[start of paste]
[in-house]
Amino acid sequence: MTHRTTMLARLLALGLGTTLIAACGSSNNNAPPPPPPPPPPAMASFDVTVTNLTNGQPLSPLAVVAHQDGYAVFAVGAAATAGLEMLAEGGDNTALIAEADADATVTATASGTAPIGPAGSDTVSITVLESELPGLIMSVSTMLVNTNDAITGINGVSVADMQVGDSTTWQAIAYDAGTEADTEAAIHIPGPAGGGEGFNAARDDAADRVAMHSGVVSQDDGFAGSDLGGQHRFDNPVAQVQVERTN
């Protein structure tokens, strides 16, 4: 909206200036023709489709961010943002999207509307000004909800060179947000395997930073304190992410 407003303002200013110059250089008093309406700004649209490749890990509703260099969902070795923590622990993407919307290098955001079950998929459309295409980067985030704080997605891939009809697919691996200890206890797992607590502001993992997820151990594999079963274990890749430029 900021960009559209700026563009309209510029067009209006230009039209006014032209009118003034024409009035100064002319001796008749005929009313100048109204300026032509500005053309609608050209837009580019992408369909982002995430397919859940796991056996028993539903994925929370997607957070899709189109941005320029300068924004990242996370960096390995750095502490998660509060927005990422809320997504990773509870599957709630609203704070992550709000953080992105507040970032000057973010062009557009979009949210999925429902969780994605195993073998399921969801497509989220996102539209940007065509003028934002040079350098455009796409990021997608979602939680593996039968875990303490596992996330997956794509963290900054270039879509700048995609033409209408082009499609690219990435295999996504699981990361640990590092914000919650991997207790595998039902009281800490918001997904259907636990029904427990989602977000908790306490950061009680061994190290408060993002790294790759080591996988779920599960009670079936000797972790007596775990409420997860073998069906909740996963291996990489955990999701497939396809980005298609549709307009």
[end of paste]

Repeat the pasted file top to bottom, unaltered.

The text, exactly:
[in-house]
Amino acid sequence: MTHRTTMLARLLALGLGTTLIAACGSSNNNAPPPPPPPPPPAMASFDVTVTNLTNGQPLSPLAVVAHQDGYAVFAVGAAATAGLEMLAEGGDNTALIAEADADATVTATASGTAPIGPAGSDTVSITVLESELPGLIMSVSTMLVNTNDAITGINGVSVADMQVGDSTTWQAIAYDAGTEADTEAAIHIPGPAGGGEGFNAARDDAADRVAMHSGVVSQDDGFAGSDLGGQHRFDNPVAQVQVERTN
């Protein structure tokens, strides 16, 4: 909206200036023709489709961010943002999207509307000004909800060179947000395997930073304190992410 407003303002200013110059250089008093309406700004649209490749890990509703260099969902070795923590622990993407919307290098955001079950998929459309295409980067985030704080997605891939009809697919691996200890206890797992607590502001993992997820151990594999079963274990890749430029 900021960009559209700026563009309209510029067009209006230009039209006014032209009118003034024409009035100064002319001796008749005929009313100048109204300026032509500005053309609608050209837009580019992408369909982002995430397919859940796991056996028993539903994925929370997607957070899709189109941005320029300068924004990242996370960096390995750095502490998660509060927005990422809320997504990773509870599957709630609203704070992550709000953080992105507040970032000057973010062009557009979009949210999925429902969780994605195993073998399921969801497509989220996102539209940007065509003028934002040079350098455009796409990021997608979602939680593996039968875990303490596992996330997956794509963290900054270039879509700048995609033409209408082009499609690219990435295999996504699981990361640990590092914000919650991997207790595998039902009281800490918001997904259907636990029904427990989602977000908790306490950061009680061994190290408060993002790294790759080591996988779920599960009670079936000797972790007596775990409420997860073998069906909740996963291996990489955990999701497939396809980005298609549709307009």